We've all heard of Bevo, the Texas Longhorns mascot, but before Bevo, Texas' gameday mascot was much smaller and less horny. Bevo made his first appearance in 1916 after Texas Alumnus Stephen Pinckney and some friends pooled their money to purchase the Steer from the Panhandle at a price of $124. That first Bevo was named "Bo," and he replaced Texas' first live mascot, an English pit bull pup named Pig.
Pig had the run of campus, sleeping in the University Co-op and attending class with students. If this sounds similar to Texas A&M's current mascot that's because it is. Strikingly. Starting in 1914 Pig traveled to away games, apparently hated Aggies enough to snarl at them and generally had the run of the 40 acres even after Bevo's arrival. Legend has it Bevo I wasn't well liked and actually served as the main course at the 1920 Football banquet. Bevo II didn't arrive until 1932.
Pig, however, was the people's champ, selected by students. His named derived from Gus "Pig" Dittmar, a lineman for the Horns who could slip through opposing blockers like a greased pig. The two apparently stood next to each other during a game and fans noticed each was bow-legged, the name stuck.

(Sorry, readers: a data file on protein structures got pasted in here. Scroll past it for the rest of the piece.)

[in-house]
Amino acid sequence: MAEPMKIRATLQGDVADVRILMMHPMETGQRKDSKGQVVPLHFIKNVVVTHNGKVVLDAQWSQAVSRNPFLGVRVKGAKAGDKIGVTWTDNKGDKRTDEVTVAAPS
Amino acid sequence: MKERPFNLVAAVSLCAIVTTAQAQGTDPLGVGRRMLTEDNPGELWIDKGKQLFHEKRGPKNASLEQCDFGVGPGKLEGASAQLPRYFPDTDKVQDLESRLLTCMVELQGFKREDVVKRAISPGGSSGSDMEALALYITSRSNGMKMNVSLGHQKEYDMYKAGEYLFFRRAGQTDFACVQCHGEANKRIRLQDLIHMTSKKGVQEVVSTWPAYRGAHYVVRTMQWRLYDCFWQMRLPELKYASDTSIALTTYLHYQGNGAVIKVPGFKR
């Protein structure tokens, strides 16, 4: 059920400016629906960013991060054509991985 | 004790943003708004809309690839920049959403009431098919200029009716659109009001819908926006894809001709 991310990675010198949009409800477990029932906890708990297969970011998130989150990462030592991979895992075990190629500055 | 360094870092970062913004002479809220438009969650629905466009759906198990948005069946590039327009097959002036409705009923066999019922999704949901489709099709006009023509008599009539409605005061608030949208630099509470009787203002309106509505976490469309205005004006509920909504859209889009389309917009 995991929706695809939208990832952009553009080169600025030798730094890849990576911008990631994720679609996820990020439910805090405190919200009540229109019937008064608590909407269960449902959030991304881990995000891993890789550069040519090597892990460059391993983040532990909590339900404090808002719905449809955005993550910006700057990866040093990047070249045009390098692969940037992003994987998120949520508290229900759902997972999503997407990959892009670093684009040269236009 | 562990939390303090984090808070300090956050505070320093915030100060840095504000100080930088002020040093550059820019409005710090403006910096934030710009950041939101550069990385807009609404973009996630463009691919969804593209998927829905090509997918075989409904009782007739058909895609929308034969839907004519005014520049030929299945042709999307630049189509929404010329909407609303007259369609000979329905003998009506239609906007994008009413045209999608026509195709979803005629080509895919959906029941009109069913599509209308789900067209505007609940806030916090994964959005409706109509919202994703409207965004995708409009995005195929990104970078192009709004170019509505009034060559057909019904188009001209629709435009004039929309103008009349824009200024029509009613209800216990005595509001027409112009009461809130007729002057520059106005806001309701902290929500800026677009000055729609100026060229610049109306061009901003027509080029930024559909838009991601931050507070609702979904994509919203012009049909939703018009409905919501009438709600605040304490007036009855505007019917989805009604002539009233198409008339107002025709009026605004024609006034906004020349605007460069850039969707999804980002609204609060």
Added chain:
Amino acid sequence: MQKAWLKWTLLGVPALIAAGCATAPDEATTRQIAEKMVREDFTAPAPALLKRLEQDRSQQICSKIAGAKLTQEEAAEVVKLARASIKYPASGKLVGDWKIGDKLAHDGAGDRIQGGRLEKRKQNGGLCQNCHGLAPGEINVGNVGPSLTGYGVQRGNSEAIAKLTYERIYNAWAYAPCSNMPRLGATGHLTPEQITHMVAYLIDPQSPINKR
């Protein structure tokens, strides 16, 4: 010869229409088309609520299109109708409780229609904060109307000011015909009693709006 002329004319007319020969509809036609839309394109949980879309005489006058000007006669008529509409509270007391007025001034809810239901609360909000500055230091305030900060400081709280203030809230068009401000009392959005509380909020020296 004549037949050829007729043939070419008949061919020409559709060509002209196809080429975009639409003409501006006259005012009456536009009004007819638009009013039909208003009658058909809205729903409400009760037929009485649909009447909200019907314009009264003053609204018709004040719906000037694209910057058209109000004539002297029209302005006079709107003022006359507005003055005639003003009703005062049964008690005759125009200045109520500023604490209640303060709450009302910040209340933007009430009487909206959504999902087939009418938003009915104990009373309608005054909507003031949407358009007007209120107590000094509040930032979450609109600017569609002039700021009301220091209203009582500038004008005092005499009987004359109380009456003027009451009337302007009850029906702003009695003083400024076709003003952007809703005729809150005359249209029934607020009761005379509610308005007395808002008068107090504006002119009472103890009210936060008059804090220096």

As a pup, Pig actually went missing, briefly, causing then Athletic's Director Theo Belmont to take out an ad in the newspaper asking for cooperation in locating the dog. Pig was quickly found.
Alas, Pig's run came to a quick stop on New Year's Day 1923 when a Model T hit him. He died a few days later. Pig's body lay in state in front of the Co-Op as mourners paid their respects. Eventually, the Longhorn band led a procession Pig's final resting place where the Dean of the Engineering School Thomas Taylor gave the eulogy.
The headstone simply read, "Pig's Dead...Dog Gone."